Skip to main content
Physics LibreTexts

10.7: Multiple Optical Devices

  • Page ID
    66139
  • \( \newcommand{\vecs}[1]{\overset { \scriptstyle \rightharpoonup} {\mathbf{#1}} } \)

    \( \newcommand{\vecd}[1]{\overset{-\!-\!\rightharpoonup}{\vphantom{a}\smash {#1}}} \)

    \( \newcommand{\id}{\mathrm{id}}\) \( \newcommand{\Span}{\mathrm{span}}\)

    ( \newcommand{\kernel}{\mathrm{null}\,}\) \( \newcommand{\range}{\mathrm{range}\,}\)

    \( \newcommand{\RealPart}{\mathrm{Re}}\) \( \newcommand{\ImaginaryPart}{\mathrm{Im}}\)

    \( \newcommand{\Argument}{\mathrm{Arg}}\) \( \newcommand{\norm}[1]{\| #1 \|}\)

    \( \newcommand{\inner}[2]{\langle #1, #2 \rangle}\)

    \( \newcommand{\Span}{\mathrm{span}}\)

    \( \newcommand{\id}{\mathrm{id}}\)

    \( \newcommand{\Span}{\mathrm{span}}\)

    \( \newcommand{\kernel}{\mathrm{null}\,}\)

    \( \newcommand{\range}{\mathrm{range}\,}\)

    \( \newcommand{\RealPart}{\mathrm{Re}}\)

    \( \newcommand{\ImaginaryPart}{\mathrm{Im}}\)

    \( \newcommand{\Argument}{\mathrm{Arg}}\)

    \( \newcommand{\norm}[1]{\| #1 \|}\)

    \( \newcommand{\inner}[2]{\langle #1, #2 \rangle}\)

    \( \newcommand{\Span}{\mathrm{span}}\) \( \newcommand{\AA}{\unicode[.8,0]{x212B}}\)

    \( \newcommand{\vectorA}[1]{\vec{#1}}      % arrow\)

    \( \newcommand{\vectorAt}[1]{\vec{\text{#1}}}      % arrow\)

    \( \newcommand{\vectorB}[1]{\overset { \scriptstyle \rightharpoonup} {\mathbf{#1}} } \)

    \( \newcommand{\vectorC}[1]{\textbf{#1}} \)

    \( \newcommand{\vectorD}[1]{\overrightarrow{#1}} \)

    \( \newcommand{\vectorDt}[1]{\overrightarrow{\text{#1}}} \)

    \( \newcommand{\vectE}[1]{\overset{-\!-\!\rightharpoonup}{\vphantom{a}\smash{\mathbf {#1}}}} \)

    \( \newcommand{\vecs}[1]{\overset { \scriptstyle \rightharpoonup} {\mathbf{#1}} } \)

    \( \newcommand{\vecd}[1]{\overset{-\!-\!\rightharpoonup}{\vphantom{a}\smash {#1}}} \)

    Often to utilize the power of optical devices, multiple devices are used in combination to create images. The figure below shows an example of an object placed in front of two lenses, the first converging lens with focal point \(f_1\) followed by a diverging lens with focal point \(f_2\) placed a distance, \(d\), apart. Our goal is to use tools of ray tracing, the thin-lens/mirror equation, and the magnification equation we applied to single optical device to determine image positions, types, and magnification of a multiple device system.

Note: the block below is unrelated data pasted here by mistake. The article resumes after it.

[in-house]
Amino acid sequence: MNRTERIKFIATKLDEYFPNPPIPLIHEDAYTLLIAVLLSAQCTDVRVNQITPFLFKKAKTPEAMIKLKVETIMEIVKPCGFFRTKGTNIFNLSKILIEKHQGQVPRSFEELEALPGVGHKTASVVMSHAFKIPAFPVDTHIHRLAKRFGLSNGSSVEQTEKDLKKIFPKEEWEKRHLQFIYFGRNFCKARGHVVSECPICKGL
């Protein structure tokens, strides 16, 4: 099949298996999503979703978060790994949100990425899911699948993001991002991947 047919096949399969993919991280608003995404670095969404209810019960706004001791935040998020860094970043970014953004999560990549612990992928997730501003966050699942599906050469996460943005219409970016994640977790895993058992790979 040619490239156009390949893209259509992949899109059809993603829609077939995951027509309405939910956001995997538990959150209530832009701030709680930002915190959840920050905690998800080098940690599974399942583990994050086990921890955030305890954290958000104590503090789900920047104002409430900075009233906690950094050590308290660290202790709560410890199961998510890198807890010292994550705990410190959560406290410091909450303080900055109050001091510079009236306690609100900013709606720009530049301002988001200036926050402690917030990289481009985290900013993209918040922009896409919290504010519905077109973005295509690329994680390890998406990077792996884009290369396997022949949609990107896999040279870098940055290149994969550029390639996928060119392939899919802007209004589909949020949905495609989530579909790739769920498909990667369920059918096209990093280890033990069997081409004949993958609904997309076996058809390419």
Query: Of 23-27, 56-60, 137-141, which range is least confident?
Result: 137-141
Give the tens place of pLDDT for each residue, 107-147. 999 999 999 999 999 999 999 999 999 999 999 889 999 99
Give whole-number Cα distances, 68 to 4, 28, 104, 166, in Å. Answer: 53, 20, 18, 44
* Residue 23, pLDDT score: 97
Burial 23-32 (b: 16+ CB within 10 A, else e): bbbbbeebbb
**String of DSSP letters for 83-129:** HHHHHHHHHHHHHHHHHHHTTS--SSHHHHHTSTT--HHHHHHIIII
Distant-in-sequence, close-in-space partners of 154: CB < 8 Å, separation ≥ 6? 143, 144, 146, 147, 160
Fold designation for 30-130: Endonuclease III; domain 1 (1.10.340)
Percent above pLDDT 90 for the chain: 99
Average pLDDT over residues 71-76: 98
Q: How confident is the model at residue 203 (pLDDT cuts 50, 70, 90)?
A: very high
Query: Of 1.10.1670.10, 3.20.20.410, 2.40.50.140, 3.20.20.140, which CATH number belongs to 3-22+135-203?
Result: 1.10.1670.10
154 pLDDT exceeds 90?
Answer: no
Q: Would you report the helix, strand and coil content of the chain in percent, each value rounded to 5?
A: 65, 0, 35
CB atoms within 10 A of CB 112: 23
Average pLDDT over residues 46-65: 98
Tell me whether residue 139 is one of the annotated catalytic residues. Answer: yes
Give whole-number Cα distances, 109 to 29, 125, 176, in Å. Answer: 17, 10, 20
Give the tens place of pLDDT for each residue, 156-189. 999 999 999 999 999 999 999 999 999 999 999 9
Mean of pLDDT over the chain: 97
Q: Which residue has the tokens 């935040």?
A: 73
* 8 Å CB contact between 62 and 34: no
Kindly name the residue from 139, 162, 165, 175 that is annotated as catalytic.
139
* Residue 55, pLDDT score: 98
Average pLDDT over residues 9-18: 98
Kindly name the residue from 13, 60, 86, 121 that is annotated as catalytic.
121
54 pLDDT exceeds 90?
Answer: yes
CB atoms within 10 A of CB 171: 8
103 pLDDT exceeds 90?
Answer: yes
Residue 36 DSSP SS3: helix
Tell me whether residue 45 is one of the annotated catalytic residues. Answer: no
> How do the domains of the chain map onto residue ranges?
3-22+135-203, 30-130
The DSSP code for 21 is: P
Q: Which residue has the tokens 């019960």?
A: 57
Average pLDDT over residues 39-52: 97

Figure 10.7.1: Two Lens System

    11-6-multi-lens.png

    In the figure light from the object will go through the first lens a governed by the single-lens ray tracing. In order to not overcrowd the image, only two of the three principle rays are shown above. The first lens is a converging lens, and since the object is placed further than the focal point, the image formed will be real, inverted, and on the opposite side of the the lens. This image is labeled "image 1" in the figure.

    The rays that create the first image continue traveling and refract through the second lens. When red principle ray that refracts parallel to the optical axis encounters lens two, it is one of the principle rays for this lens as well, so we can readily determine how it will refract. Since lens 2 is a diverging lens, it will refract away from the near focal point. The other red principle ray from lens 1 is not one of the three principle rays for lens 2, so it is not easy to determine how it will refract.

    However, there are many rays that pass through the first image and encounter the second lens. Some of these rays will be the principle rays for the second lens. Thus, we can draw the principle rays coming from image 1 to determine how lens 2 will form the final image. The blue ray is the second principle ray for lens 2, traveling toward the far focal point of lens 2, and refracting parallel to the optical axis. In other words, the first image become the object for the second lens.  From these rays we can see that they will not converge behind lens 2, but can be traced back in front of lens 2 to create image 2.

    The final image is an inverted virtual image. Although, one lens cannot make an inverted image which is virtual, this can occur with a multiple lens system. The first image was real and inverted, and the following virtual image keeps the orientation of the first image, so it remains inverted. For completeness, we show in the figure the other red ray that was not a principle ray for lens 2, refracting through lens 2. Since all rays participate in creating the image, the refracted ray will bend in such as way that it traces back to image 2, as shown.

    Mathematically, we can treat this system as two independent single-lens systems. Initially, when the first lens makes the image, the location of that image can be calculated as follows:

    \[\dfrac{1}{f_1}=\dfrac{1}{o_1}+\dfrac{1}{i_1}\]